ROSEMONT, Ill., Dec. 20, 2013 /PRNewswire-USNewswire/ -- While skiing, snowboarding, sledding and skating are good for the body and mind, as with any physical activity, winter sports require some planning and caution to avoid injury.
According to the U.S Consumer Product Safety Commission, more than 310,000 people were treated in hospitals, doctors' offices and emergency rooms in 2012 for winter sports-related injuries. Specifically:
- more than 40,000 injuries were caused by sledding;
- 97,713 by snowboarding;
- 119,715, snow skiing; and,
- nearly 53,000 by ice skating.
"Common winter sport injuries from skiing and snowboarding include sprains, strains, dislocations and fractures," said A. Herbert Alexander, MD, a Ketchum, Idaho orthopaedic surgeon and American Academy of Orthopaedic Surgeons (AAOS) spokesperson. "Often, these injuries occur at the end of the day, as people try to get in one more ski, sled or snowboard run, despite fatigue or discomfort. Fortunately, most winter sport injuries can be prevented if participants stay in good physical condition, gradually increase their level of difficulty, stay alert, and stop when they are tired or feel pain. Don't forget to wear helmets while skiing, snowboarding, or sledding. Remember to stay well-hydrated and remember to use sun screen."
Orthopaedic surgeons, the medical doctors who put bones and limbs back together after trauma, offer the following winter sports safety tips:
Numerous sledding injuries are caused by collisions at the end of sledding paths and/or sledding in improper positions. Click here to read a detailed list of safety tips to help reduce these injuries.
Snowboarding and Skiing
Many snowboarding and skiing injuries can be avoided by utilizing appropriate equipment, ensuring a safe environment and following all rules of these sports. Click here to read a full list of snowboarding and skiing safety tips.
General winter sports safety tips:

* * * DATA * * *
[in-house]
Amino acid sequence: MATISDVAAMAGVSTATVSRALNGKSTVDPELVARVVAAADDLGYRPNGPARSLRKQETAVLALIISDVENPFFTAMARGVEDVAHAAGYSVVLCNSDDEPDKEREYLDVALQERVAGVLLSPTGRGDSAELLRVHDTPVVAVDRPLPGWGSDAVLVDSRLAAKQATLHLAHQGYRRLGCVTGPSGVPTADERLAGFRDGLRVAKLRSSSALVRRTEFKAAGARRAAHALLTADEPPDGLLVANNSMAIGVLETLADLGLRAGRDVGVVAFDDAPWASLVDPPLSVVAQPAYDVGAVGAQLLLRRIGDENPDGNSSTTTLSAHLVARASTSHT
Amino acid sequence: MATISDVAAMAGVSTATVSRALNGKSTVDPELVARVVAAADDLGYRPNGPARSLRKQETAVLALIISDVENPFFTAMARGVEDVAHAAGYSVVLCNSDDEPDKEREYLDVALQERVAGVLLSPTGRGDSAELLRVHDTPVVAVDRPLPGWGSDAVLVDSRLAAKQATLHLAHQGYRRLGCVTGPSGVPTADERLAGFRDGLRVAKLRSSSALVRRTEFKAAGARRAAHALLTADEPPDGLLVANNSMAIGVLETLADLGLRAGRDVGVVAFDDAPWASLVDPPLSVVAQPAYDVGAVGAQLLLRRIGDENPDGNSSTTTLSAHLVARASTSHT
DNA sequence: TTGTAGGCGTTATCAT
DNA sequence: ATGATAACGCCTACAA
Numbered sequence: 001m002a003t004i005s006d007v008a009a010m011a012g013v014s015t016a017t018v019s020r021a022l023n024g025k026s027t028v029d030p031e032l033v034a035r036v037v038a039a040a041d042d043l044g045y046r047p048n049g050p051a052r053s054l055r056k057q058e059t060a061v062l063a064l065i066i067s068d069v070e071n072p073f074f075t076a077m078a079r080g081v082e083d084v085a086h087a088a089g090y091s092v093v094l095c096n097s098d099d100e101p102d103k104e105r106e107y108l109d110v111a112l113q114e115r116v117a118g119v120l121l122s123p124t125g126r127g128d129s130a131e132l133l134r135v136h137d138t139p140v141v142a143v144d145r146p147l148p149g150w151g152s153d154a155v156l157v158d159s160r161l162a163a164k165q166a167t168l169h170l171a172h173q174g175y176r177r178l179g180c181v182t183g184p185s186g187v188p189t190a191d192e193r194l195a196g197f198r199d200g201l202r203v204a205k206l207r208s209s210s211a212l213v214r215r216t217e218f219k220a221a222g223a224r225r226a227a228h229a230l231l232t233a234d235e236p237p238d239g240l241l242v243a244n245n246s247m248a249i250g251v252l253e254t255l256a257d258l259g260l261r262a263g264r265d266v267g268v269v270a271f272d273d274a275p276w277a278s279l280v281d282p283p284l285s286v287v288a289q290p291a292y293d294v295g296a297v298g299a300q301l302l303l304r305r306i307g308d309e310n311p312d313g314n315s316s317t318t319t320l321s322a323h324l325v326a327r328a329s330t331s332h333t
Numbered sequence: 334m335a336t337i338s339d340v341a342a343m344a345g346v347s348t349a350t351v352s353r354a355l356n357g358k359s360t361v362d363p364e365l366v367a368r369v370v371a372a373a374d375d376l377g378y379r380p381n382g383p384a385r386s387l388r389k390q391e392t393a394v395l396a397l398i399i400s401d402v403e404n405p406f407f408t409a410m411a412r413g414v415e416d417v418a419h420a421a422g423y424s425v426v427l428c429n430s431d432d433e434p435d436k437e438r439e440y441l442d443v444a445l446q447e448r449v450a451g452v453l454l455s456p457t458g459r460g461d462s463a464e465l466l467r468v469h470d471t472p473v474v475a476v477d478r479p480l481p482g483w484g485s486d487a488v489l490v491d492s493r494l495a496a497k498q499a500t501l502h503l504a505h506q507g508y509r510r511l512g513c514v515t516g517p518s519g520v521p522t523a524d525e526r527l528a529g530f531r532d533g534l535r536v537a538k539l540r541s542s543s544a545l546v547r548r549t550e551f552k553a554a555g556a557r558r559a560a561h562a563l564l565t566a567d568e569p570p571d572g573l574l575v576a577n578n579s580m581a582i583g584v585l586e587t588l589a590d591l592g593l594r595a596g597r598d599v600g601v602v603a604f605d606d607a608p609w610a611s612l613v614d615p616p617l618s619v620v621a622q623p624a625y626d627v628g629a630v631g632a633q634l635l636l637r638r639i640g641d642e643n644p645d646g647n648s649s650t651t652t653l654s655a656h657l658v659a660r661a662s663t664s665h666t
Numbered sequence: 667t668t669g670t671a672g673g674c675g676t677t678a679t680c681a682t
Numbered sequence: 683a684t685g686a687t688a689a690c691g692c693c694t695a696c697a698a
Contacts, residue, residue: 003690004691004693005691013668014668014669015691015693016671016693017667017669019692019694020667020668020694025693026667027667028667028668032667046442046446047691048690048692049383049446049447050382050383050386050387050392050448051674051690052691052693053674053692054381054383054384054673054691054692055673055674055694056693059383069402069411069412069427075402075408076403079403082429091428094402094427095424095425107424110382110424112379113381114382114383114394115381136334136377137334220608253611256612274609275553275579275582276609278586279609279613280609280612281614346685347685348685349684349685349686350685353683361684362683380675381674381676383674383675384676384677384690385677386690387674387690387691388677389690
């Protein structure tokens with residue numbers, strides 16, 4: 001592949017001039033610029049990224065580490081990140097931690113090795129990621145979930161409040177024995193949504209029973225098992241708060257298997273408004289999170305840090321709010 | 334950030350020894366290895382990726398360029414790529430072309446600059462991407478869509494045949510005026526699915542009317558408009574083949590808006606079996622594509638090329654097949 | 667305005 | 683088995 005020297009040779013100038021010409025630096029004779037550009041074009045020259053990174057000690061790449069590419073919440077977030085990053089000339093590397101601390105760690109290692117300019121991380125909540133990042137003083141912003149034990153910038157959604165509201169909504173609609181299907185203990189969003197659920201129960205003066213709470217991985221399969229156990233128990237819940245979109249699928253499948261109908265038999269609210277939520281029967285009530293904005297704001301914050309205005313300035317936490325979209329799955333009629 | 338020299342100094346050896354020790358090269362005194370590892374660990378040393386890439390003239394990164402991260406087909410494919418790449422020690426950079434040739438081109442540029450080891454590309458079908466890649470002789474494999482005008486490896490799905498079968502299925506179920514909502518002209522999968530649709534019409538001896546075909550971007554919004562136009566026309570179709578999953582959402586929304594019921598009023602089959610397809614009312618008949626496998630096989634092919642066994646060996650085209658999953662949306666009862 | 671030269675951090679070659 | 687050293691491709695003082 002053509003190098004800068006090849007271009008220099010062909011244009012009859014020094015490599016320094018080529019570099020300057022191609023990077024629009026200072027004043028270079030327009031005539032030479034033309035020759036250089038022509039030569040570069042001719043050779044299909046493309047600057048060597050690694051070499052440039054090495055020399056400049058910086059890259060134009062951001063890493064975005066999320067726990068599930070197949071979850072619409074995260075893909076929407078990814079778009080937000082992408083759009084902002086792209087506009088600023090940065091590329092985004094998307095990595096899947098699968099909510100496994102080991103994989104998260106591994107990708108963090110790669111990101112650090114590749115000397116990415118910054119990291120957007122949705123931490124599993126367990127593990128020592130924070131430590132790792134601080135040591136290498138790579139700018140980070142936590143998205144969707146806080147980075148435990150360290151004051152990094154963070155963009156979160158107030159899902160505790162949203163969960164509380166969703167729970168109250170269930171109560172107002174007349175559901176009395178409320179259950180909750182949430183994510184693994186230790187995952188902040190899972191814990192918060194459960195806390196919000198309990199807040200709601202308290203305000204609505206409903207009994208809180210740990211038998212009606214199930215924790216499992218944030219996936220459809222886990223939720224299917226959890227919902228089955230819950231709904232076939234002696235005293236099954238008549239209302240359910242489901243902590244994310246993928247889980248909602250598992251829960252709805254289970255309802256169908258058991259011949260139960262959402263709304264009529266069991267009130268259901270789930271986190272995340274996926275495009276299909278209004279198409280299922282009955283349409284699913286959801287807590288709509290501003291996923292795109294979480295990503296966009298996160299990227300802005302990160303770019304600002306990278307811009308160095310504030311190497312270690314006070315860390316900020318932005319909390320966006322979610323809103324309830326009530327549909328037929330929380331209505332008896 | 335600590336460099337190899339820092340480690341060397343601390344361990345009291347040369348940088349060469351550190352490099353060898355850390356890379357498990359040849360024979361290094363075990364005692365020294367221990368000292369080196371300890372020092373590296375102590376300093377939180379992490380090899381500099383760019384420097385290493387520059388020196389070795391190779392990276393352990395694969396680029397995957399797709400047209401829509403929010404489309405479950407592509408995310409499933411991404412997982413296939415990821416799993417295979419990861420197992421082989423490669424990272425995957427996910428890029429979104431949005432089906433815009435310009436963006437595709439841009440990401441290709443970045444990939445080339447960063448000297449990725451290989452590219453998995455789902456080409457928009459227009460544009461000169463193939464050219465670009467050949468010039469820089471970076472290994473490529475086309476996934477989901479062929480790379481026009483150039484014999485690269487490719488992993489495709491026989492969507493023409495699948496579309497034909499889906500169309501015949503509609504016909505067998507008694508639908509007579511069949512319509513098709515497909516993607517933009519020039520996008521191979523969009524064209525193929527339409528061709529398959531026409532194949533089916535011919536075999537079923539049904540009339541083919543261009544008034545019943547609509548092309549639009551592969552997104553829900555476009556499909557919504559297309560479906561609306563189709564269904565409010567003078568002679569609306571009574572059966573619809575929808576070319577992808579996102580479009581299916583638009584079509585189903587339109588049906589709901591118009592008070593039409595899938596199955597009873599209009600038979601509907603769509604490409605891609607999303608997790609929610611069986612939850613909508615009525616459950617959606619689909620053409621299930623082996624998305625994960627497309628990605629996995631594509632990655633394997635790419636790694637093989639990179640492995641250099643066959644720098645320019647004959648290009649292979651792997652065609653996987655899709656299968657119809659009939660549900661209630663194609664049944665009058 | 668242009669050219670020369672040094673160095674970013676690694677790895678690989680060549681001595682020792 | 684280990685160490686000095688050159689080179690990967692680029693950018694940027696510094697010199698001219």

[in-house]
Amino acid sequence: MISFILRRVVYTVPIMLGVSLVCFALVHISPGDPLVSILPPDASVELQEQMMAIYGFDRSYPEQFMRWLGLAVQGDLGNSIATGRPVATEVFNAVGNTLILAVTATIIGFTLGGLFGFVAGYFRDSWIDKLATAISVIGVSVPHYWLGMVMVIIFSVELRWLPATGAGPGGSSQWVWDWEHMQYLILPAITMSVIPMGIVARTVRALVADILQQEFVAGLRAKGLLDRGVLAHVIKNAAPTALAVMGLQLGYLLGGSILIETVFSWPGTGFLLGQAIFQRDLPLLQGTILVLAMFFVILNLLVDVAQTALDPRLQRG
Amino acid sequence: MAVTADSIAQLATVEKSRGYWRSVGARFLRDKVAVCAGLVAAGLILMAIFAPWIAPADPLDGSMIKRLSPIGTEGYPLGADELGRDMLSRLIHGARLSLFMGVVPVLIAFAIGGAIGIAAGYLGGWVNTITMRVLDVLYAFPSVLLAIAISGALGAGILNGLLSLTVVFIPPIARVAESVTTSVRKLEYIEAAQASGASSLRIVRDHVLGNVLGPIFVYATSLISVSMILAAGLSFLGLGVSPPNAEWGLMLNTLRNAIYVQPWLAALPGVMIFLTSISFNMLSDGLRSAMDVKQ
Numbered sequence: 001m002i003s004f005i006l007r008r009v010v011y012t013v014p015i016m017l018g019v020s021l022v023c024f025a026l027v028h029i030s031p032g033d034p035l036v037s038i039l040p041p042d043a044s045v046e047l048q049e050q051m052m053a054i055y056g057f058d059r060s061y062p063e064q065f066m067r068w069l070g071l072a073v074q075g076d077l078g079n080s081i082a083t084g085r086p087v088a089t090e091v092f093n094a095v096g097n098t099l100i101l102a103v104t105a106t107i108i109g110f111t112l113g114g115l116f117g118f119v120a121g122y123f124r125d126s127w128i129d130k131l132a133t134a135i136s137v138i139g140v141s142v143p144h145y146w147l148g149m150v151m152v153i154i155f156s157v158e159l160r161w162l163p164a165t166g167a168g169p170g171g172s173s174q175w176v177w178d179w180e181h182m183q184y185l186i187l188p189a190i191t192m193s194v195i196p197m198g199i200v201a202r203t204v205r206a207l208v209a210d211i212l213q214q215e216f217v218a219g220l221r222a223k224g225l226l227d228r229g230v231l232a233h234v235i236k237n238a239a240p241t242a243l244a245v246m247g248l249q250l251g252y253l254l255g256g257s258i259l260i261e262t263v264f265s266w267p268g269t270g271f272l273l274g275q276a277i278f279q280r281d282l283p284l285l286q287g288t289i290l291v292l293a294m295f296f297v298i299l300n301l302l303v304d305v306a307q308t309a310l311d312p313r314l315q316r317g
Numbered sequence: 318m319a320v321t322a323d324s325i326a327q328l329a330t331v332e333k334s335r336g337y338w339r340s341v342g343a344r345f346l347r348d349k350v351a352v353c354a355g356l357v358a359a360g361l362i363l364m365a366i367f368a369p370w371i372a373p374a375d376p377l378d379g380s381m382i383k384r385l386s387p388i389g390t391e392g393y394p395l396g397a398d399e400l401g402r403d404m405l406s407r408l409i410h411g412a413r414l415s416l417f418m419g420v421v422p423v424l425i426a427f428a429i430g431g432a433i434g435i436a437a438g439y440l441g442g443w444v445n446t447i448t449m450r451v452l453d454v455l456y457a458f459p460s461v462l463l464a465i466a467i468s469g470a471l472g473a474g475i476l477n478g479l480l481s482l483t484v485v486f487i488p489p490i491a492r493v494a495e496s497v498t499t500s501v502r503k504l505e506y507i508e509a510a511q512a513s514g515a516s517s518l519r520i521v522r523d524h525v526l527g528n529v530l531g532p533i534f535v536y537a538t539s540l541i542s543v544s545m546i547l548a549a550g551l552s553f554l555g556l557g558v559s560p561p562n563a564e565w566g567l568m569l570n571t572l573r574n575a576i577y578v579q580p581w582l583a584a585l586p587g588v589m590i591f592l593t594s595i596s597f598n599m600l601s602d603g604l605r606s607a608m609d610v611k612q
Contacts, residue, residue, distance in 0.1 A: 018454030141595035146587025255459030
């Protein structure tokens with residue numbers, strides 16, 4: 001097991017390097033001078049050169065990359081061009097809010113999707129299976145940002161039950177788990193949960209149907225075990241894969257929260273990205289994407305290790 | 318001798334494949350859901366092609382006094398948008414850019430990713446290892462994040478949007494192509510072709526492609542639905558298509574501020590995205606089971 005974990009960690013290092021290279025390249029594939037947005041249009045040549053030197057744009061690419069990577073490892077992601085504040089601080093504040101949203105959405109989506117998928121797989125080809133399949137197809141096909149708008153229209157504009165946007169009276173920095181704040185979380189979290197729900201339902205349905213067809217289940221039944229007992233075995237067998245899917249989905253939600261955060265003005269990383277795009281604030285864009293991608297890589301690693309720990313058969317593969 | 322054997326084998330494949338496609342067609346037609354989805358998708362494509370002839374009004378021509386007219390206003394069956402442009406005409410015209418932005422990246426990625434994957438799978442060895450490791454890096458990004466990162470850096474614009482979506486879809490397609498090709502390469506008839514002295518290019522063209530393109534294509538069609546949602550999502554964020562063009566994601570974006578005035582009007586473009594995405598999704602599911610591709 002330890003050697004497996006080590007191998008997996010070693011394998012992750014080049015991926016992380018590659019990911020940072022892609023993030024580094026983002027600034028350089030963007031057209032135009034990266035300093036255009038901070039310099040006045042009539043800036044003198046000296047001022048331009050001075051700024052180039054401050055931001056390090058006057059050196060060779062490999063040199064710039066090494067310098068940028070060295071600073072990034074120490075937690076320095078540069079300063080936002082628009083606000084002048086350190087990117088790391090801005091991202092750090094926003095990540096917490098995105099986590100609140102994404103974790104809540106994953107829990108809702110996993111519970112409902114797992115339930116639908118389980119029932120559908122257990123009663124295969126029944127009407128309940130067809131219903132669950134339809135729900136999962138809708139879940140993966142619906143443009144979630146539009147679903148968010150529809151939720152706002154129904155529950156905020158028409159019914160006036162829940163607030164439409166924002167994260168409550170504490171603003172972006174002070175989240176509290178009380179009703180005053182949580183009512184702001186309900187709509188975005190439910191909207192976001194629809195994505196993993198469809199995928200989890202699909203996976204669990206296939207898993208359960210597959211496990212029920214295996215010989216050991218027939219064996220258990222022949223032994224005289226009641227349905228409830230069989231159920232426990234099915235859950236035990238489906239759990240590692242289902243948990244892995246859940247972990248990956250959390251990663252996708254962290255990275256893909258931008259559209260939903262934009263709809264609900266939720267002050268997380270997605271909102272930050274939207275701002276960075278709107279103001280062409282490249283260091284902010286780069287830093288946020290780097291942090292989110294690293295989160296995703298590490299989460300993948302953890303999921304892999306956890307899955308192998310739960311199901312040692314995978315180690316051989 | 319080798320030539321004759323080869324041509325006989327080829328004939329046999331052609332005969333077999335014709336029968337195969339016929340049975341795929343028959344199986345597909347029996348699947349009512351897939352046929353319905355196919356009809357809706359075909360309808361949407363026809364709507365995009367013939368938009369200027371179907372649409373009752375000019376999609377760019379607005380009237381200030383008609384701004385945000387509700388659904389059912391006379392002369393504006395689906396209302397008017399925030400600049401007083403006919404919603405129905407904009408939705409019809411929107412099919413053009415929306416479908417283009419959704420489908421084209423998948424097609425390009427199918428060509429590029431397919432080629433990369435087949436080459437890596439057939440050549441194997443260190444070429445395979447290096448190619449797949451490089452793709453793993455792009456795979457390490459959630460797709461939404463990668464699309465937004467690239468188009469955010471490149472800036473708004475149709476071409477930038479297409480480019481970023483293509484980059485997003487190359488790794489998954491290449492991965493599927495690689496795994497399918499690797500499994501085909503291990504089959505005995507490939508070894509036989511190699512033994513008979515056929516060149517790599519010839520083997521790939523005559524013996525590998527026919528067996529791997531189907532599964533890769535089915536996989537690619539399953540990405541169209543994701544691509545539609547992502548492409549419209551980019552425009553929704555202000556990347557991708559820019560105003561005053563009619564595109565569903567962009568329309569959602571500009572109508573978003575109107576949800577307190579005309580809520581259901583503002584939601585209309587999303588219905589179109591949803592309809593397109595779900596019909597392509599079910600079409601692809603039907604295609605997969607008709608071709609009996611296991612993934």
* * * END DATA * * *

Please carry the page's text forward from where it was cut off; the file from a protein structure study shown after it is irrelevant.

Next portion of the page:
- Participate with a partner. If possible, skiers and snowboarders should stay with a partner and within sight of each other. Also, make sure someone who is not participating is aware of your plans and probable whereabouts before heading outdoors.
- Check the weather for snow and ice conditions prior to heading outdoors. Pay attention to warnings about upcoming storms and severe drops in temperature. Make adjustments for icy conditions, deep snow powder, wet snow, and adverse weather conditions.
- Dress for the occasion. Wear several layers of light, loose and water- and wind-resistant clothing for warmth and protection. Also wear appropriate protective gear, including goggles, helmets, gloves and padding and check that all equipment, such as ski and snowboard bindings, is kept in good working order.
- Warm up thoroughly before playing and exercising. Cold muscles, tendons and ligaments are vulnerable to injury. It's important to warm up by taking it easy on the first few runs.
- Know and abide by all rules of the sport in which you are participating. Take a lesson (or several) from a qualified instructor, especially in sports like skiing and snowboarding.
- Always carry a cell phone in case of an emergency.
Click here to read more safety tips.
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SOURCE American Academy of Orthopaedic Surgeons